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I'm Moving

After enjoying LiveJournal for nearly year, I've found that I need a blog that's a little more customizable for my needs. I've moved to a new home at Wordpress, where it will be easy to handle VisPo among other things. It's still under construction, but all the basics are in place. Visit Windspirit Girl there: 

                                                        
  Windspirit Girl


Spill

VisPo exploring the semicolon. :) To see a larger version, visit my Artwalk page: Spill

No, I Cannot Talk

Last weekend a friend and I found a girl collapsed outside a loft entrance gate. It's haunted us ever since. This story is inspired by that experience. 





Their voices are so far away. Muffled, as if I were underwater. Am I underwater? 
 
“Ma’m, do you need help?” 
 
Do I need help? I parse the question, searching for meaning in the component parts. 
 
“Ma’m!” My eyes open. Startle. Reflex. Sound. So sharp now. She’s staring at me intently. Blue eyes. She has blue eyes. 
 
“Can you talk?” I open my mouth, paste lining the inside.  I breathe in. Nothing comes out.  
 
She’s waiting. 
 
I close my eyes. Running. I was running. 
 
“Ma’m, do you remember what happened to you?” 
 
I remember Harrison’s. Sitting at the bar, Bruce averting his eyes as he sometimes does.  
 
A different voice. “Do you remember—?” Eternal pause. “She’s not responding. Do you think we should call 911?” 
 
Did I forget to shake my head? Yes? No? 
 
Shots. Different kinds.   
 
“What if she’s just high—or drunk?” 
 
“She needs help. I’m calling.” 
 
Who are they calling? 
 
I lift my arm. Dragging weightlessness. I am underwater!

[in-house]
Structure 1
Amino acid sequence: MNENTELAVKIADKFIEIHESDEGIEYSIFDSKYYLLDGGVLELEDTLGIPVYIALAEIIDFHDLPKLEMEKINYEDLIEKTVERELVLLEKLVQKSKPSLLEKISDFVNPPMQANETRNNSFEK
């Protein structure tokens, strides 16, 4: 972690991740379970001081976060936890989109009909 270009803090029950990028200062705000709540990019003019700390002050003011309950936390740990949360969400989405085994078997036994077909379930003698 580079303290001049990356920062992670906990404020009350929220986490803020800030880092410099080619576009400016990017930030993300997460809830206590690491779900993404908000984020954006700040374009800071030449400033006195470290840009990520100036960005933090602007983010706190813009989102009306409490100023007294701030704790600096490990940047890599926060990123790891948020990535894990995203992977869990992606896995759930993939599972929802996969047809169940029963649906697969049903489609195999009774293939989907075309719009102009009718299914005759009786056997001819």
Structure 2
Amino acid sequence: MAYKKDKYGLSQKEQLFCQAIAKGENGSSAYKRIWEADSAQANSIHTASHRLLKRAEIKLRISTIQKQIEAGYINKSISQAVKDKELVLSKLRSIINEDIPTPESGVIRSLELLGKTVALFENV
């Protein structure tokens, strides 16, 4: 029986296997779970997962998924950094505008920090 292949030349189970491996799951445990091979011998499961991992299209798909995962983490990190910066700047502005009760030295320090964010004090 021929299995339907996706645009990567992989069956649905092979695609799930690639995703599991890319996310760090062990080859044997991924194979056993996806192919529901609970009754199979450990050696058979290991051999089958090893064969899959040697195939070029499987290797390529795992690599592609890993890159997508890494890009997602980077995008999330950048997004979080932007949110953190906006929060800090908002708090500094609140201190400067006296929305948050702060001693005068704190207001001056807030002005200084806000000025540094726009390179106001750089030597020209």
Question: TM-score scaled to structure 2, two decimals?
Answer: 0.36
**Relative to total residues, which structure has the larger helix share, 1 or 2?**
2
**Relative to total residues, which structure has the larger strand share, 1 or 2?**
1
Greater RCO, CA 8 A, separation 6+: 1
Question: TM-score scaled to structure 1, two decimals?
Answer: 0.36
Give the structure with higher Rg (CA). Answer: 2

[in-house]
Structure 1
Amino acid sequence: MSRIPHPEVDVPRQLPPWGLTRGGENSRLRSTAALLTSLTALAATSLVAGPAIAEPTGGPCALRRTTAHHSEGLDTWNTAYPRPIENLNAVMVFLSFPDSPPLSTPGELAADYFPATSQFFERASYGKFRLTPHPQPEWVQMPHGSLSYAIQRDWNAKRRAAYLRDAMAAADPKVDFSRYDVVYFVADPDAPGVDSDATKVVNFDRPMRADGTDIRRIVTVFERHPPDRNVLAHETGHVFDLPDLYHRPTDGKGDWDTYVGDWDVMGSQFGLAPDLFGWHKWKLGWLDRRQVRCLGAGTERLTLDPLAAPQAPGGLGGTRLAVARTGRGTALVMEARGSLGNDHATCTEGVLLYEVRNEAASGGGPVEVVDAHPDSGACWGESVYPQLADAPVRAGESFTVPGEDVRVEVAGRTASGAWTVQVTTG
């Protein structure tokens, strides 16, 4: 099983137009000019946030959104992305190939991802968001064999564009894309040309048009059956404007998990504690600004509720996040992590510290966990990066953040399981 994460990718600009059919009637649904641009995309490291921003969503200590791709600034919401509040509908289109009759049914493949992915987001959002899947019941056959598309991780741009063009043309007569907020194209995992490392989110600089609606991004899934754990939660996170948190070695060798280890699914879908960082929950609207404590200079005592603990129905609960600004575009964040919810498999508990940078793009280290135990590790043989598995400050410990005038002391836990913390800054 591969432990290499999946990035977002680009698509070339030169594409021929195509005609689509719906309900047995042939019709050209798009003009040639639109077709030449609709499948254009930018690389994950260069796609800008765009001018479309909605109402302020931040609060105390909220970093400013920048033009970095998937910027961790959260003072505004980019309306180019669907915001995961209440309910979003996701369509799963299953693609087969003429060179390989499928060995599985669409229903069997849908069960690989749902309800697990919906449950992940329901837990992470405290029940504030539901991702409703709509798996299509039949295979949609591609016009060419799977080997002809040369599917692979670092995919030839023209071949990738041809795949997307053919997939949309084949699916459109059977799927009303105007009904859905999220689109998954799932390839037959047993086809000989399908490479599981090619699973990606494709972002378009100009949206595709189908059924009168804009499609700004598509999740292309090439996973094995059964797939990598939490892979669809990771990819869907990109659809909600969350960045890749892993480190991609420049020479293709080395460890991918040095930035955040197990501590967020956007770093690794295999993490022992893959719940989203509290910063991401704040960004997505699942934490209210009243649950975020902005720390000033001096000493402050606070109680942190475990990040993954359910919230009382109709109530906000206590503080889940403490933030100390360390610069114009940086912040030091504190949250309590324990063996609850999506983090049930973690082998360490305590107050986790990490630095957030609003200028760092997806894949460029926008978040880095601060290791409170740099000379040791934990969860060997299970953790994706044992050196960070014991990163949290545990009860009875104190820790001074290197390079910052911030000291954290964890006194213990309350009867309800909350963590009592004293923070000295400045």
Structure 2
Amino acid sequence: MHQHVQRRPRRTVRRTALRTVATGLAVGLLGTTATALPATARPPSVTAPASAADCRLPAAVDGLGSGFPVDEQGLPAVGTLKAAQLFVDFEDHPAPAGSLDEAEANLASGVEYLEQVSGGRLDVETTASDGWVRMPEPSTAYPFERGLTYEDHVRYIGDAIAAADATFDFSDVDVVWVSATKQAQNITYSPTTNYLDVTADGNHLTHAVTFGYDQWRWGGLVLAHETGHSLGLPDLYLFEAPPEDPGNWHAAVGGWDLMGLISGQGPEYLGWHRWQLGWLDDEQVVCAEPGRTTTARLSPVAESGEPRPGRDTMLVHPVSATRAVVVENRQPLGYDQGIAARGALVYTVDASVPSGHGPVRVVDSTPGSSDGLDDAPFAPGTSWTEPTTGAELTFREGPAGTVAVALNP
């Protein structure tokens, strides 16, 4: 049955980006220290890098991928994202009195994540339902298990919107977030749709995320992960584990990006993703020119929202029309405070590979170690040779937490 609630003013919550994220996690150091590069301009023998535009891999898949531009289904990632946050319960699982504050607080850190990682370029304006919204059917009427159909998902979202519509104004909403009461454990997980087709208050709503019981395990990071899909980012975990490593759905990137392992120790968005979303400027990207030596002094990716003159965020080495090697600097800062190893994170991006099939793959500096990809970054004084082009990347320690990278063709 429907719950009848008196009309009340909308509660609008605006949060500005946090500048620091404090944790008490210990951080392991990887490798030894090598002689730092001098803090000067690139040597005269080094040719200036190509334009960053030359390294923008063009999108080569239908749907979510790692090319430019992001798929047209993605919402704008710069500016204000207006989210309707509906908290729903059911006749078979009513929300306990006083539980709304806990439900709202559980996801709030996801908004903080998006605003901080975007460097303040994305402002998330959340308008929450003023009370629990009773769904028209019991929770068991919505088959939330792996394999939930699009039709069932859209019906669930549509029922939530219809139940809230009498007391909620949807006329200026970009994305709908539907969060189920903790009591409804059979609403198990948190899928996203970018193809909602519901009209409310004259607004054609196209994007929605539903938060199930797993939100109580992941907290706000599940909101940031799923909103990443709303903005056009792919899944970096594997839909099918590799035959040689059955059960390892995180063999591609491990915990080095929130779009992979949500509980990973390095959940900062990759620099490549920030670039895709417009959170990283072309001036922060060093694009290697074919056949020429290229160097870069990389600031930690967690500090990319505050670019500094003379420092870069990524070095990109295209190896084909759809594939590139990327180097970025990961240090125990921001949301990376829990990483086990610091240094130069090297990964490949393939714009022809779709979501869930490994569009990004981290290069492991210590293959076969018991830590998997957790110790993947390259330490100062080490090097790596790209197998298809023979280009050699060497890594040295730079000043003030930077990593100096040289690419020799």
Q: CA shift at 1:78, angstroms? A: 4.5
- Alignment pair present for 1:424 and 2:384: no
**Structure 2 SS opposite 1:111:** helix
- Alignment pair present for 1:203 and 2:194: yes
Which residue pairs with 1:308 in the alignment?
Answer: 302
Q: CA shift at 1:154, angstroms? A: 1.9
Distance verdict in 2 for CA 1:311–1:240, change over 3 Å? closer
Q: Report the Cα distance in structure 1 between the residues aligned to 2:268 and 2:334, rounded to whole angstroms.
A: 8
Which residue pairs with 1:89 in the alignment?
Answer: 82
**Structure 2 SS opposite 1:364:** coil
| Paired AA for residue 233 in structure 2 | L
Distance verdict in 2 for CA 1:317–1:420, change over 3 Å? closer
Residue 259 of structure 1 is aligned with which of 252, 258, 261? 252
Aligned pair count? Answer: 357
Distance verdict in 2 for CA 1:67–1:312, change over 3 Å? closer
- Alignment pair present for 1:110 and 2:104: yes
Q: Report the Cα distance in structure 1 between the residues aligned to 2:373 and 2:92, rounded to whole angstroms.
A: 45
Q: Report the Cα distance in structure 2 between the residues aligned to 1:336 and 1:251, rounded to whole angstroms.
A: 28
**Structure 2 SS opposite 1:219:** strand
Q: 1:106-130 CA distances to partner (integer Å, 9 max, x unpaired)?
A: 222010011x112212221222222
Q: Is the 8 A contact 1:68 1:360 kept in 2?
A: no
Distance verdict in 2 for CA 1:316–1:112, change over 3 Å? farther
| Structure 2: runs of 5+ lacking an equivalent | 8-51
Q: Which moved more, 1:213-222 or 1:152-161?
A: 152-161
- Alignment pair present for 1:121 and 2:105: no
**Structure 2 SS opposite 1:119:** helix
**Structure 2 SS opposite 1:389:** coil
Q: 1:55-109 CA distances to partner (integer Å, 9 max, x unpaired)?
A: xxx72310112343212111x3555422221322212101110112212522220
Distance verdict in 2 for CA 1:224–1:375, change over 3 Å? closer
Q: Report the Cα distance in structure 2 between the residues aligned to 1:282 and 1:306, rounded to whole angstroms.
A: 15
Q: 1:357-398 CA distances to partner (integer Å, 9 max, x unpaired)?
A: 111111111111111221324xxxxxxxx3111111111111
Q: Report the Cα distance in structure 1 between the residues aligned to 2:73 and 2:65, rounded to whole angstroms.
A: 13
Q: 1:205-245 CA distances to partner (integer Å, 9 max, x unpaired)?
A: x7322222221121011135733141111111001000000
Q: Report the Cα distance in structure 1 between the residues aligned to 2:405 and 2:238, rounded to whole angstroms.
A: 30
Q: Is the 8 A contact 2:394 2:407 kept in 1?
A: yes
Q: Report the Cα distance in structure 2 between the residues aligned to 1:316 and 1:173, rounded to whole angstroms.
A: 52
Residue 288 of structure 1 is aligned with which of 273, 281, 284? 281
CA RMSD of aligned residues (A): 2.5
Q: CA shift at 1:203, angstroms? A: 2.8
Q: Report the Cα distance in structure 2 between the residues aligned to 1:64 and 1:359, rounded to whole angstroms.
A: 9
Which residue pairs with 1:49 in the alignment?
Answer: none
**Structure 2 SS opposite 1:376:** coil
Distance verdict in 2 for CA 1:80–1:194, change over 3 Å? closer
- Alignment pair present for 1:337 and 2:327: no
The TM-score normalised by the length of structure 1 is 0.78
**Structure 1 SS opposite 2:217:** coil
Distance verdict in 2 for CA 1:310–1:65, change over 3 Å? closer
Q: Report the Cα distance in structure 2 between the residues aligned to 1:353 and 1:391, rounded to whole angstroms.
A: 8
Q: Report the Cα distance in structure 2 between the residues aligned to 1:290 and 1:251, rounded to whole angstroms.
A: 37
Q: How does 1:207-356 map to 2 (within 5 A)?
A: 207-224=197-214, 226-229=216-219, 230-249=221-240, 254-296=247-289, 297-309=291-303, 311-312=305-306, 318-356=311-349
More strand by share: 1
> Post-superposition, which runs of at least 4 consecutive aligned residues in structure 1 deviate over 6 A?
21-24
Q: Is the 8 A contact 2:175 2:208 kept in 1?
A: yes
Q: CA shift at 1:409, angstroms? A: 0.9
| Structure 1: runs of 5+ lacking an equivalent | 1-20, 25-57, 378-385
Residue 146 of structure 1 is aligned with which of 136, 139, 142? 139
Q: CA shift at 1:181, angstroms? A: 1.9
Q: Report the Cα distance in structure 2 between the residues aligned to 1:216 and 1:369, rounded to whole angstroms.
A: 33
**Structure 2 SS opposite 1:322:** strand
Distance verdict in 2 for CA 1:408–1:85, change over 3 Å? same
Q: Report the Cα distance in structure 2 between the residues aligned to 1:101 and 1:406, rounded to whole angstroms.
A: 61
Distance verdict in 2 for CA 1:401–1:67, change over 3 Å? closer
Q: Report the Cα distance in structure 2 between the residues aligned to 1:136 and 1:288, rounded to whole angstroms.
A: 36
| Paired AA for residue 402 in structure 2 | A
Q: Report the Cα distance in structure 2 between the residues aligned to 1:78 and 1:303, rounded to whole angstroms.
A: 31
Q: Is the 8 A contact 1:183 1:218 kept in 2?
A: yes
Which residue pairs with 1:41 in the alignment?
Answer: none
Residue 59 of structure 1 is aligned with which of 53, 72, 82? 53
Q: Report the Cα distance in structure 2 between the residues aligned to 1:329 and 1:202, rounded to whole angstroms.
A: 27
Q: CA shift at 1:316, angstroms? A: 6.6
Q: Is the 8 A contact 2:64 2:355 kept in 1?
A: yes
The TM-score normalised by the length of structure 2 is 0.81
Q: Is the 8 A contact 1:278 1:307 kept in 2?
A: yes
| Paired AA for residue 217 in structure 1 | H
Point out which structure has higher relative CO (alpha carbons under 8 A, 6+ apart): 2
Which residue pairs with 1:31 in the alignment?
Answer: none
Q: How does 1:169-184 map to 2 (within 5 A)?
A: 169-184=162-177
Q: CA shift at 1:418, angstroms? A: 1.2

Billy shows up. Wanting money. Twist of arm, push out door. “Bitch! You lie!” 
 
I don’t lie. Slow night. Crack. Something cracked. 
 
Bruce saw it. 
 
No, that was earlier. 
 
Seasick. If you are under the sea, you get seasick. Something’s in my throat. I can’t breathe. Hands. My head turns and spills its contents. 
 
“I didn’t lie!” My hands ball into fists. I raise one.  
 
He doubles-over, laughing. 
 
Someone is wiping my face. Holding it out of the sea. I will my eyes. Open. Blue eyes. Another pair. Dark brown. “You are so kind, my husband is kind, you are so kind…” 
 
Bruce. Through the door. “Billy, go home.” 
 
He’s going home—with me. 
 
The gun. By Bruce’s side. Raised. 
 
I’ve seen this once before. 
 
“Go home.” 
 
Tackle. 
 
The gun, to the ground. 
 
I pick it up. It’s heavy. So heavy. 
 
“Shhh…it’ll be okay.” A voice is singing to me.
 
“They’ll be here any minute.” 
 
Who? 
 
“They’re sending an ambulance?”
 
“Yeah.” 
 
An ambulance? No! I can’t go to Grady! I need my husband. 
 
“No!” 
 
“Did she say something?” 
 
“I need my husband!” 
 
“I think she said she needs her husband.”
 
The singing voice. “Honey, where is your husband?” 
 
I hit something. The wall. 
 
The men have white faces. 
 
“Pamela, give me the gun.” Bruce. 
 
I turn, point. “Leave my husband alone.” 
 
“Pamela, we’re going home.” Billy reaches for the gun. 
 
One lone firework. 
 
“They’re here.” 
 
“No, we just found her here, sprawled right outside the gate. We were scared she’d been assaulted. Seemed traumatized.” 
 
“Ma’m?” I open my eyes. Different eyes. “Do you know what day it is?” 
 
“July 4th?” 
 

To Dream